- Recognize a stroke: sudden paralysis, facial drooping, slurred or gargled speech, vision issues, loss of balance or coordination, and unexplained headache.
- Healthy lifestyle helps prevent stroke: eat a healthy diet, exercise, avoid smoking, and reduce alcohol consumption.
- Time is of essence: It is important to seek medical treatment immediately.
- Family members and bystanders can save lives and prevent long-term disabilities by acting quickly and minimizing unnecessary delays in time-to-treatment.
In 2019, stroke was the 5th leading cause of death in the United States1 and the 2nd in the world,2 with some groups such as Black and Hispanic women having higher rates of stroke and suffering worse outcomes than other groups. Stroke occurs in the U.S. every 40 seconds, with someone dying from it every 2 minutes.1 Over 795,000 people in the U.S. have a stroke each year, and for approximately 610,000 people, it is their first stroke.1 Those who develop a transient ischemic attack (TIA) (mini-stroke) have about a 17% likelihood of experiencing a full stroke within 90 days.3
These numbers suggest we need to know more about this often-silent enemy and understand strategies to recognize and quickly address stroke.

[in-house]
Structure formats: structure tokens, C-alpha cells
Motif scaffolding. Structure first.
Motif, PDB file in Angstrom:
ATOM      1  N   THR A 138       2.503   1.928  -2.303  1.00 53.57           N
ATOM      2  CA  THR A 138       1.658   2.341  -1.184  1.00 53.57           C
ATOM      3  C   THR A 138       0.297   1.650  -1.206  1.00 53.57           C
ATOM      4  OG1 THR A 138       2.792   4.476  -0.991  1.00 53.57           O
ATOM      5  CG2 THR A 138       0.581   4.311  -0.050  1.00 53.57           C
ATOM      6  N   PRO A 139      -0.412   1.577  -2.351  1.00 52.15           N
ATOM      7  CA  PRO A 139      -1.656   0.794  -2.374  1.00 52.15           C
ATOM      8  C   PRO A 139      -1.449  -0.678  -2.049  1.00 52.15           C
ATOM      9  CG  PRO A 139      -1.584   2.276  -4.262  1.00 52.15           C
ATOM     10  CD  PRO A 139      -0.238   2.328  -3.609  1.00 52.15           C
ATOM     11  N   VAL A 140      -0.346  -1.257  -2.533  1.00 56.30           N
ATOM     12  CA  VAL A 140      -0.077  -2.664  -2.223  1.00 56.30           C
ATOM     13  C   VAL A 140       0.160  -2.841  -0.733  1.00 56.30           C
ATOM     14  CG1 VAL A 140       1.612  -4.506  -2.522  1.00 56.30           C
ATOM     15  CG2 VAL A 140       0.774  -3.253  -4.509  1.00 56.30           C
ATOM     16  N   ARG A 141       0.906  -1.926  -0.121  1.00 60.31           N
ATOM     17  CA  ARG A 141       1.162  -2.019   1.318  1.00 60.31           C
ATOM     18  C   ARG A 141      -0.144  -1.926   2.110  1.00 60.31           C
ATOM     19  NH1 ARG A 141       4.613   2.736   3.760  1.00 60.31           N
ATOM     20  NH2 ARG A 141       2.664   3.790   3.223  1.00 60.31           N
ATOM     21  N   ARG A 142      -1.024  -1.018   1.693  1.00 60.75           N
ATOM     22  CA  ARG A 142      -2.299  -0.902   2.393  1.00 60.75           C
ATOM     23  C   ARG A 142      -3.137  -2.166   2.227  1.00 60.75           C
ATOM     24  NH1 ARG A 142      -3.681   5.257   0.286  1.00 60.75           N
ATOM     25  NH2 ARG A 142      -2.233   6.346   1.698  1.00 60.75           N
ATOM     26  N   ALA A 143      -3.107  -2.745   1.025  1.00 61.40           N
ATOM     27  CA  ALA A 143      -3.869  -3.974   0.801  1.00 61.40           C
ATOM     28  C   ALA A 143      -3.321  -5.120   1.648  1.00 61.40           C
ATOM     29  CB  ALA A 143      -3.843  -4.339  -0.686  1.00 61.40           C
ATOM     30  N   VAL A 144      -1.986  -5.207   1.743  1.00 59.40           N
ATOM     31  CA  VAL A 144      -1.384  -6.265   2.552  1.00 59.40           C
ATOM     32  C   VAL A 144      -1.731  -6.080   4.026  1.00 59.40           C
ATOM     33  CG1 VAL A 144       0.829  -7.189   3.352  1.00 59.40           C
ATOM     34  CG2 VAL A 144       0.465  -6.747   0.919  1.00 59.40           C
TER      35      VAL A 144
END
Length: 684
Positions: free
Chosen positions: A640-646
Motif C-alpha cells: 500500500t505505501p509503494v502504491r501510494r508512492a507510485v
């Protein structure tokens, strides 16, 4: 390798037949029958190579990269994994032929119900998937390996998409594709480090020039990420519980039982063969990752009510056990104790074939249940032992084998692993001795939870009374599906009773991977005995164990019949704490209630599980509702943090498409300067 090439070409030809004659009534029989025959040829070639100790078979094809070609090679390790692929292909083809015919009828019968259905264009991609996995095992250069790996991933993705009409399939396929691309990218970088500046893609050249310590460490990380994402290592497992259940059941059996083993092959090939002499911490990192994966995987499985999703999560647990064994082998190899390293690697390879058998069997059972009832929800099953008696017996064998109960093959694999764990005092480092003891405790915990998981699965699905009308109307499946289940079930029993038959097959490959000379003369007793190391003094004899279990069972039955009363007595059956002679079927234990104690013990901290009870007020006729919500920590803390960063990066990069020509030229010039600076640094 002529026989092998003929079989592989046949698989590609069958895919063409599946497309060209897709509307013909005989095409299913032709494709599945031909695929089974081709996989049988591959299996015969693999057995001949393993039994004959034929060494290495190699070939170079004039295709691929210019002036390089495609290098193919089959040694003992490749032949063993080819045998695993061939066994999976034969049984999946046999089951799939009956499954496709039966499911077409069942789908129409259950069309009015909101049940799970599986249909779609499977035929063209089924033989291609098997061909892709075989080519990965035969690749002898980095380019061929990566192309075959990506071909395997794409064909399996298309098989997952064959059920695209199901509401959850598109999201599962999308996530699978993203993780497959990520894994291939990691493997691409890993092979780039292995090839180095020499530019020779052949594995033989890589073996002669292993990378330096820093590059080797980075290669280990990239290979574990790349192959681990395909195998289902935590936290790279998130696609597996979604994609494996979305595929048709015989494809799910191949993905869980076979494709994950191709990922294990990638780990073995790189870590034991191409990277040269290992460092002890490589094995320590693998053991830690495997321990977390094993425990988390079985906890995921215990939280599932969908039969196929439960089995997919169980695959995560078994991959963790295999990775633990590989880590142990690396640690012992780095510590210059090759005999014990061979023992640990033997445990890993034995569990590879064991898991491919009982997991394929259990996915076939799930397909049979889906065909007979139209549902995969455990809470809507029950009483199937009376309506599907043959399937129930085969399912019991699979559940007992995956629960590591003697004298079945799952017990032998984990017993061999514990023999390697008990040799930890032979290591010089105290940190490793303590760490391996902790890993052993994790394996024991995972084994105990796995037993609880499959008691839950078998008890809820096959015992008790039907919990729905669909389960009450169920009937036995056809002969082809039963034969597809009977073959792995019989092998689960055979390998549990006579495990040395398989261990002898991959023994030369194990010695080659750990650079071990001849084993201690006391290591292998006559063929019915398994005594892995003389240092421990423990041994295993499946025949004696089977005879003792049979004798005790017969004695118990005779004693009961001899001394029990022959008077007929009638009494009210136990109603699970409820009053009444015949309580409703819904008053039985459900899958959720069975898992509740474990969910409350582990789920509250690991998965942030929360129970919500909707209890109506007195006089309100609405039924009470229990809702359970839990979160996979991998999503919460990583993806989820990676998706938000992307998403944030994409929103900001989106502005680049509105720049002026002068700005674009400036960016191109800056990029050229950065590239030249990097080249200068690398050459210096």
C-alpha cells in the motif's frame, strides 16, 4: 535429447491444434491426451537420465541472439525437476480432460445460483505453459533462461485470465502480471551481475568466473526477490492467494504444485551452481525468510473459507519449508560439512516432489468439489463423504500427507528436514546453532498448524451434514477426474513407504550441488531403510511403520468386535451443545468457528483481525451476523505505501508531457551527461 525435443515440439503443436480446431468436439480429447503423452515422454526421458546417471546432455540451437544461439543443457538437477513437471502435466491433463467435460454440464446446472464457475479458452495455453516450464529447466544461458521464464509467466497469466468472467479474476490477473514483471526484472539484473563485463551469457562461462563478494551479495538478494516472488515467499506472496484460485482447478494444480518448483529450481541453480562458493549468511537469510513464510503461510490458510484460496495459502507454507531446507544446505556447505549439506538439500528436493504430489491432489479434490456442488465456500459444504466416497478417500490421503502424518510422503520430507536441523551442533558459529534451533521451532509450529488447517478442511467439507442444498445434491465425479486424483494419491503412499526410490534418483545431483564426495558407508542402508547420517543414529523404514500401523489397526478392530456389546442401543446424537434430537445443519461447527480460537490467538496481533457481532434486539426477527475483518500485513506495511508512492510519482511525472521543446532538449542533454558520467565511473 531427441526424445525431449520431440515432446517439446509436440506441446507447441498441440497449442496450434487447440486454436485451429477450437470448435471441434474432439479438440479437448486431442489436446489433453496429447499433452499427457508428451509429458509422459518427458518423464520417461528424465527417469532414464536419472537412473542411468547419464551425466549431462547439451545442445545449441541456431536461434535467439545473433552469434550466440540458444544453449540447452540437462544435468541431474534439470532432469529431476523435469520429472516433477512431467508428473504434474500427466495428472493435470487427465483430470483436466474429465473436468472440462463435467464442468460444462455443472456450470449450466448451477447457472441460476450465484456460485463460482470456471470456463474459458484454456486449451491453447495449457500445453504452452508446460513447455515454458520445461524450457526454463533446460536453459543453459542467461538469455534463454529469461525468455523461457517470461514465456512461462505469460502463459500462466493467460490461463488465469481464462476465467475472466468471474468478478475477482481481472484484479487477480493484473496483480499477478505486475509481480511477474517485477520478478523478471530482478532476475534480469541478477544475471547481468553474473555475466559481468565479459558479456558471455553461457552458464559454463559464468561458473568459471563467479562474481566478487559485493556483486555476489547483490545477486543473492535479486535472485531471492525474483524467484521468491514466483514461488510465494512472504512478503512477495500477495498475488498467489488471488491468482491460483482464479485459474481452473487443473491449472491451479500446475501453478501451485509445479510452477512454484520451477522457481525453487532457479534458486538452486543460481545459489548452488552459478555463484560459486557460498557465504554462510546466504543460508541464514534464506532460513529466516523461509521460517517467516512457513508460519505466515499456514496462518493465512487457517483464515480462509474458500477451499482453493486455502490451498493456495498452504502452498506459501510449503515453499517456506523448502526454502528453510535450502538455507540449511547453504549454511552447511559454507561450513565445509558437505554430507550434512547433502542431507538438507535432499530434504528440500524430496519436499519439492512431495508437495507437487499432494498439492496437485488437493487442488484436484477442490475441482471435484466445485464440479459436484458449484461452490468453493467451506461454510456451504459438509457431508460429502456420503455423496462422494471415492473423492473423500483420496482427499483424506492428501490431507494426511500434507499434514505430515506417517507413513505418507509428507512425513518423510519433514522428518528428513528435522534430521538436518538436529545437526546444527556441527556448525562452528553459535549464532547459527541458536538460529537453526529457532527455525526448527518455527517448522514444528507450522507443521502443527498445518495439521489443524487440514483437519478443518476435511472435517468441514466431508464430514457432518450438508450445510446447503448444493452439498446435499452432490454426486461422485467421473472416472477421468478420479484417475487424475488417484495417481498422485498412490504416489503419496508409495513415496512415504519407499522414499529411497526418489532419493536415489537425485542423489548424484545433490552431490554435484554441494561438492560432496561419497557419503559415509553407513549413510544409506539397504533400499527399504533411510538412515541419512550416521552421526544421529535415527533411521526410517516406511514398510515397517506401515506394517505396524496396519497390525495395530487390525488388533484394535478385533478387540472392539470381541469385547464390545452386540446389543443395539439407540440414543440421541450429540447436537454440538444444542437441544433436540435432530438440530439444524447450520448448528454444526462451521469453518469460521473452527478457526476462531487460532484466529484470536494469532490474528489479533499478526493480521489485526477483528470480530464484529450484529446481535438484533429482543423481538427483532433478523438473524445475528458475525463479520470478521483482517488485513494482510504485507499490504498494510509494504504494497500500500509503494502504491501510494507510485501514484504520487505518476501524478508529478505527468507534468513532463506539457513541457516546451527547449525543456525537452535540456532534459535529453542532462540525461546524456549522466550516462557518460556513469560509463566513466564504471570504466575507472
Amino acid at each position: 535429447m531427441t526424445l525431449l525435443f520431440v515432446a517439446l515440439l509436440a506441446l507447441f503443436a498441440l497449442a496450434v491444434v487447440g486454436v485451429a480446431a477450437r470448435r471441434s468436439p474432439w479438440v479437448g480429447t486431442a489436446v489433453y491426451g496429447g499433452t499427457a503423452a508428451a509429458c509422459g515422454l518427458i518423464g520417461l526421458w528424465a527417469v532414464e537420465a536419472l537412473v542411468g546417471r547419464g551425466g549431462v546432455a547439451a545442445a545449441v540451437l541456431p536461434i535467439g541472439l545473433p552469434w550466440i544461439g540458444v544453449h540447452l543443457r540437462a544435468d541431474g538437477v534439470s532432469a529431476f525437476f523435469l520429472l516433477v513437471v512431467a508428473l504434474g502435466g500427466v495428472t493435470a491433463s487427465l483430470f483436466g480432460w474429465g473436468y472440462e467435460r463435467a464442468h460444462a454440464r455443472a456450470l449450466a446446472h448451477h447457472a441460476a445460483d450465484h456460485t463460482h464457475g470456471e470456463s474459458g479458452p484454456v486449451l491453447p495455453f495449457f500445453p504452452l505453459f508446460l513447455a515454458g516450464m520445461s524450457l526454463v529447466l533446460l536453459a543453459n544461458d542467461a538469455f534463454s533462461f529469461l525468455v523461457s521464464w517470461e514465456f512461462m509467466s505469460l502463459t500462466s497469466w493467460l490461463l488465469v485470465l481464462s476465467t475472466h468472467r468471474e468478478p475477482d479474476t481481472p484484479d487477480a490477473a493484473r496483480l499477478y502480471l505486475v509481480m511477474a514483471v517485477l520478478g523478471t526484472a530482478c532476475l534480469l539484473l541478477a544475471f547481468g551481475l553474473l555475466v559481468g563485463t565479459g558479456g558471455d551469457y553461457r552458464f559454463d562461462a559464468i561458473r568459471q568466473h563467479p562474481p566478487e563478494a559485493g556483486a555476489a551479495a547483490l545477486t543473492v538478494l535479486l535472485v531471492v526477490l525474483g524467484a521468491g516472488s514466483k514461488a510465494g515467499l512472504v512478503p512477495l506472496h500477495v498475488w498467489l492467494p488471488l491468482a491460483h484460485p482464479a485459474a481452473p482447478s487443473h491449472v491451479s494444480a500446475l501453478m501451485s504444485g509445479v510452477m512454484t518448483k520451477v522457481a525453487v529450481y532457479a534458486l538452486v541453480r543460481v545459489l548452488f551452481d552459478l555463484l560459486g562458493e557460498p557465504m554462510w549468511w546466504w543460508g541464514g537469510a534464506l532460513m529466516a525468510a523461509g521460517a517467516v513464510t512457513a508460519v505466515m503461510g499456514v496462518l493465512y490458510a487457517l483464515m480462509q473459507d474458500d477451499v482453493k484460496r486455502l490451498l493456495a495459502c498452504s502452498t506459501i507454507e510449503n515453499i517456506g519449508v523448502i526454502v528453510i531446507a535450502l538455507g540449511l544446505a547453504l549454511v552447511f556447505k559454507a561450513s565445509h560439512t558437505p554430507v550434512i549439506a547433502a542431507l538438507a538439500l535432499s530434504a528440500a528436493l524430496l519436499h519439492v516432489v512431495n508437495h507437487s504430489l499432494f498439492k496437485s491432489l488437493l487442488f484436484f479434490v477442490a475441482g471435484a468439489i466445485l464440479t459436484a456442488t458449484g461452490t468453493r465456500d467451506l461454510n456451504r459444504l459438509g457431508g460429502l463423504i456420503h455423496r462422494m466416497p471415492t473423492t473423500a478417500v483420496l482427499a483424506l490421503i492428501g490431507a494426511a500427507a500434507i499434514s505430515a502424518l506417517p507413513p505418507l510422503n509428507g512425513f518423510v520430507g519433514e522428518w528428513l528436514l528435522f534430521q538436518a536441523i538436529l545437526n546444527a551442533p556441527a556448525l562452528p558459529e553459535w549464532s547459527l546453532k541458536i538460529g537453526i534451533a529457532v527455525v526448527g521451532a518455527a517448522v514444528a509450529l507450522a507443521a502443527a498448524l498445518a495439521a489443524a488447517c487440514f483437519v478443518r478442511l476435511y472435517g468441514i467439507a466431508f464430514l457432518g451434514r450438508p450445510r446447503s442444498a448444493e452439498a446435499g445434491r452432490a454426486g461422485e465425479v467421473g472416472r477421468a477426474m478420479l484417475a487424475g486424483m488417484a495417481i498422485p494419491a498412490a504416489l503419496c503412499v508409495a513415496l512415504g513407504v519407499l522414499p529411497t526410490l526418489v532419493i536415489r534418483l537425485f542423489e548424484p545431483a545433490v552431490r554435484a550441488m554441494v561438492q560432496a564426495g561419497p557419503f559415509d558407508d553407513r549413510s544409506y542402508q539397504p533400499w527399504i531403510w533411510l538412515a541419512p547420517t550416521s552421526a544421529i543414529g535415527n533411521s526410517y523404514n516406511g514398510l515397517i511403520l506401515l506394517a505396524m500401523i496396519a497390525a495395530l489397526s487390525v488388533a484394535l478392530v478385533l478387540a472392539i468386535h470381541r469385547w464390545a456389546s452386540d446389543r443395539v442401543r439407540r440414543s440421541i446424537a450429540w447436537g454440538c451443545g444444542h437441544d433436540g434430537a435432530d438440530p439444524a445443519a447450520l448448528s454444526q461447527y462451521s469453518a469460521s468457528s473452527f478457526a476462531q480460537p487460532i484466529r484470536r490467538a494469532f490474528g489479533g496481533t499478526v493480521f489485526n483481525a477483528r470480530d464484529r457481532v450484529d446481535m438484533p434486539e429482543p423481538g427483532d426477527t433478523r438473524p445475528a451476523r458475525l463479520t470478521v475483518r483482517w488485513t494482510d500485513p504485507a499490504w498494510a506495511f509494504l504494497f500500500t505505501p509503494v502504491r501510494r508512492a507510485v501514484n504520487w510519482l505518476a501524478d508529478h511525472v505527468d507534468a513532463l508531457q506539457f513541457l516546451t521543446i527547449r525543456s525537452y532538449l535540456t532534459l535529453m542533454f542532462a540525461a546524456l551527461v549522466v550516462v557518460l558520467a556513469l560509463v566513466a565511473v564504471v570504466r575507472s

But what is stroke?
Stroke: Prevention and When to Act
A stroke, also called a cerebrovascular accident (CVA), is a disruption of blood to the brain due to a hemorrhage or blood clot. TIA is a mini stroke, with symptoms being temporary and generally lasting 1-2 hours. Symptoms of stroke include one side paralysis, facial drooping, slurred or gargled speech, vision issues, loss of balance or coordination, and unexplained headache.4 Some of these symptoms occur with other conditions and diseases. Sudden onset of one or more of these symptoms is what distinguishes a stroke/TIA from other medical events. Any of these symptoms may result in permanent disability for people who experience nonfatal stroke events.
Activities that can help prevent stroke are consistent with activities that reduce your chances of other health problems, such as high blood pressure, obesity, or diabetes.5 Prevention includes watching what you eat (for example, avoiding high-calorie foods), exercising daily (for example either 30 minutes a day or 10-15 minute sessions a few times daily), quitting smoking, and reducing alcohol consumption.